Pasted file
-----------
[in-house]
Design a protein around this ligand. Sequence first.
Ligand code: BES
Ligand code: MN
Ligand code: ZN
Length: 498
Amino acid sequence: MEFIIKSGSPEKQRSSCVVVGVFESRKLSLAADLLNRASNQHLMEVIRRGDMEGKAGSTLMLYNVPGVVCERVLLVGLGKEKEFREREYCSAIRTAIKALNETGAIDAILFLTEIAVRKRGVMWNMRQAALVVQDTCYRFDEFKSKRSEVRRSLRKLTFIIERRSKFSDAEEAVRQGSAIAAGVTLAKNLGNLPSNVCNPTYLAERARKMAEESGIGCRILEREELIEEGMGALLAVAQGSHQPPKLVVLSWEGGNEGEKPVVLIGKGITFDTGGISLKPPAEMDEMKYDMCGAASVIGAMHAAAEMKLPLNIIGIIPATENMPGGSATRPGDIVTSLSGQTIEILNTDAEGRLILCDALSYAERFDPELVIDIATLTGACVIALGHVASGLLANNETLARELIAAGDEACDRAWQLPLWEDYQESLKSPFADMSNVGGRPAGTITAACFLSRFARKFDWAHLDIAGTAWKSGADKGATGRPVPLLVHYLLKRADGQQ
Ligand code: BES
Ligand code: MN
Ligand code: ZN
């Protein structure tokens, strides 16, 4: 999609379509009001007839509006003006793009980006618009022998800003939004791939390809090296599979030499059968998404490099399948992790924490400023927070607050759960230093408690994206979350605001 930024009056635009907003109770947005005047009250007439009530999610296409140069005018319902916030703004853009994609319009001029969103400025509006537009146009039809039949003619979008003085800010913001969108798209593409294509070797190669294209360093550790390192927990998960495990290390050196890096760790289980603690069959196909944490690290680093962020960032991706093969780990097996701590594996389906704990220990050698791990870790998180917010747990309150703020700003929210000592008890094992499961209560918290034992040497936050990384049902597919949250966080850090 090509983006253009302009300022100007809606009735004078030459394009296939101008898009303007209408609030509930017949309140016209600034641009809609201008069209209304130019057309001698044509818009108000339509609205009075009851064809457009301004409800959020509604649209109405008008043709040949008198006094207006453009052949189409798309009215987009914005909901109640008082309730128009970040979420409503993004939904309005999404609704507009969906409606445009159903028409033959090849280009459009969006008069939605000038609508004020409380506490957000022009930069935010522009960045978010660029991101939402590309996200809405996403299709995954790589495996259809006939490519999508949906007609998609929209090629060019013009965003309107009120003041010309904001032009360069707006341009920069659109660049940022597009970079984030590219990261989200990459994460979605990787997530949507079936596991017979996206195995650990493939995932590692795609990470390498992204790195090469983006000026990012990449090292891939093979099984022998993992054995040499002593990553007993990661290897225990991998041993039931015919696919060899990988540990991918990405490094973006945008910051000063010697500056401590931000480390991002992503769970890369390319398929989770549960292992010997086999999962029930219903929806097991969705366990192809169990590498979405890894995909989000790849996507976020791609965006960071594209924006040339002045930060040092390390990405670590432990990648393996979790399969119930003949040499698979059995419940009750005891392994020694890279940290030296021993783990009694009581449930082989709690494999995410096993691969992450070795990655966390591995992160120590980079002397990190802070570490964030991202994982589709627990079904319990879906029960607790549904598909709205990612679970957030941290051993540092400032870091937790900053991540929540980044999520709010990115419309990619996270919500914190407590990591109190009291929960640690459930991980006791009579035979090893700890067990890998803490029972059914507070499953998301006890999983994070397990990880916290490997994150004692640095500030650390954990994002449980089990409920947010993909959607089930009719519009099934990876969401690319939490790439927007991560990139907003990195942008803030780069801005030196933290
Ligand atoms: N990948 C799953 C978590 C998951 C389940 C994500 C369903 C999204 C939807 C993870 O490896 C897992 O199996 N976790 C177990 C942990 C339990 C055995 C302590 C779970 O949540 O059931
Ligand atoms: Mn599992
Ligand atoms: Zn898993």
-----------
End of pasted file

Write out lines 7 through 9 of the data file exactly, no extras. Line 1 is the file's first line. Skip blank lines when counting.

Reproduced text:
Amino acid sequence: MEFIIKSGSPEKQRSSCVVVGVFESRKLSLAADLLNRASNQHLMEVIRRGDMEGKAGSTLMLYNVPGVVCERVLLVGLGKEKEFREREYCSAIRTAIKALNETGAIDAILFLTEIAVRKRGVMWNMRQAALVVQDTCYRFDEFKSKRSEVRRSLRKLTFIIERRSKFSDAEEAVRQGSAIAAGVTLAKNLGNLPSNVCNPTYLAERARKMAEESGIGCRILEREELIEEGMGALLAVAQGSHQPPKLVVLSWEGGNEGEKPVVLIGKGITFDTGGISLKPPAEMDEMKYDMCGAASVIGAMHAAAEMKLPLNIIGIIPATENMPGGSATRPGDIVTSLSGQTIEILNTDAEGRLILCDALSYAERFDPELVIDIATLTGACVIALGHVASGLLANNETLARELIAAGDEACDRAWQLPLWEDYQESLKSPFADMSNVGGRPAGTITAACFLSRFARKFDWAHLDIAGTAWKSGADKGATGRPVPLLVHYLLKRADGQQ
Ligand code: BES
Ligand code: MN